On Sun, Oct 27, 2019 at 5:27 AM Michael Van Canneyt <mich...@freepascal.org>

> Saying that the code is 'almost unusably slow' is the kind of statement
> that does
> not help. I use the code almost daily in production, no complaints about
> performance, so clearly it is usable.
> Instead, demonstrate your claim with facts, for example by creating a
> patch that
> demonstrably increases performance.

I was perhaps slightly exaggerating there. I use it as well in real life,
but in many cases have found myself altering the sources to perform more
optimally (some of which I could submit as patches, I suppose.

On Sun, Oct 27, 2019 at 5:27 AM Michael Van Canneyt <mich...@freepascal.org>

> If you genuinely believe that micro-optimization changes can make a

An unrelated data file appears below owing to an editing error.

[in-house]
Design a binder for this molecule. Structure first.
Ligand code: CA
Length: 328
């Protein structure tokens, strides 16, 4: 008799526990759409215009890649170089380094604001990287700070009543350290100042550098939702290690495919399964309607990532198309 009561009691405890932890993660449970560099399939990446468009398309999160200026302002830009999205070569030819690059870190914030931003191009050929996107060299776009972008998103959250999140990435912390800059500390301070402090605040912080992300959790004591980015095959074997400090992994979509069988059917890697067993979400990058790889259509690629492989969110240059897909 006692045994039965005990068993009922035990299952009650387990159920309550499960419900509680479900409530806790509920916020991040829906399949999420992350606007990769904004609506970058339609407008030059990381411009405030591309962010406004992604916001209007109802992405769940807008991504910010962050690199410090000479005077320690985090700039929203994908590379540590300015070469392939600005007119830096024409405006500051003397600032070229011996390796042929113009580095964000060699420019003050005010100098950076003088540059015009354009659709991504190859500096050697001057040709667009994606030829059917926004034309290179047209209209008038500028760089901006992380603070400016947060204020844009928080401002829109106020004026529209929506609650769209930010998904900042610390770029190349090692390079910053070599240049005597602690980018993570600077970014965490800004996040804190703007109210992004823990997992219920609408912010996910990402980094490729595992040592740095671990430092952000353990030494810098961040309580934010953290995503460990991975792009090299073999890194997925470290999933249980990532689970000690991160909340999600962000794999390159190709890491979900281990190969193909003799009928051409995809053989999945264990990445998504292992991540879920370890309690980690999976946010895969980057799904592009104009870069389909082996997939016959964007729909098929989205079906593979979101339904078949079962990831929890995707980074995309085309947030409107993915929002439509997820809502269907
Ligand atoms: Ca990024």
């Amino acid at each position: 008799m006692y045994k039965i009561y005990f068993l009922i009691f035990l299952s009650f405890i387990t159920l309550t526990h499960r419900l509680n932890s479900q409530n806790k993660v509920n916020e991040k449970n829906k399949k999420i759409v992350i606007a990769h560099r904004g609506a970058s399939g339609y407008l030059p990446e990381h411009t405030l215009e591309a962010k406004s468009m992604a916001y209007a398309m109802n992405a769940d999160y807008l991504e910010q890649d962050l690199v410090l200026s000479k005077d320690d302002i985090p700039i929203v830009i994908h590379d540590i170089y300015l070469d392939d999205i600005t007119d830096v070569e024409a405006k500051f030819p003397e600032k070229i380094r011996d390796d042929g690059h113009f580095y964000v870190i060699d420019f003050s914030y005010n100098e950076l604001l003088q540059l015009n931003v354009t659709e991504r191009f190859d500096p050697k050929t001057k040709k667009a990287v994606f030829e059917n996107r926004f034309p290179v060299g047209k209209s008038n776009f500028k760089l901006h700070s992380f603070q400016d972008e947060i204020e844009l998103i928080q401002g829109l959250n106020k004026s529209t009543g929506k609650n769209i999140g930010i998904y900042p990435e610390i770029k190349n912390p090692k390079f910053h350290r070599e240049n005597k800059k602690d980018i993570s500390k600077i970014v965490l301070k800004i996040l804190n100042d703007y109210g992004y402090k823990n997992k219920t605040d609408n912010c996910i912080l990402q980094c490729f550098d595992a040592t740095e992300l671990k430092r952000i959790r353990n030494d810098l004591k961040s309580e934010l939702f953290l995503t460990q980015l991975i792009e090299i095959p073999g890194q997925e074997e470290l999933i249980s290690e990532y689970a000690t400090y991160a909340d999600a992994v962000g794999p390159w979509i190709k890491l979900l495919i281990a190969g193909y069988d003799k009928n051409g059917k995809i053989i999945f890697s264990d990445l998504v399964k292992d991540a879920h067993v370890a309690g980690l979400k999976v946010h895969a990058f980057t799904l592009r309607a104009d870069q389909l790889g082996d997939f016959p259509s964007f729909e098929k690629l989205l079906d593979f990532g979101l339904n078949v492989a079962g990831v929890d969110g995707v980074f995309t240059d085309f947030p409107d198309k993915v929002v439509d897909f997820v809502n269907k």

> difference:
> Submit patches. When focused and well explained, I doubt they will be
> refused.

The stuff that I'm particularly concerned about is usually more along the
lines of "small things that add up in significant ways in the context of
long-running programs", so while they might be "micro" on their own I
wouldn't necessarily call them that in context of larger overall situations.

On Sun, Oct 27, 2019 at 5:46 AM Florian Klämpfl <flor...@freepascal.org>

> Another point: for example
> explicit inline increases normally code size (not always but often)

I've had the opposite experience in most cases. The code FPC generates for
something like four un-inlined functions in a situation where each one
calls the next is generally significantly bigger due to the setup for the
parameters being passed in / etc. Whereas if it's inlining all of them it
seems to be able to do a much better job of combining "redundant" things
and optimizing based on that, which tends to give a much smaller result.

Again, in a world where robust autoinlining was the default I'd happily
rely on it exclusively, as it's not as though I specifically *want* to have
to add the "inline" modifier in particular places.
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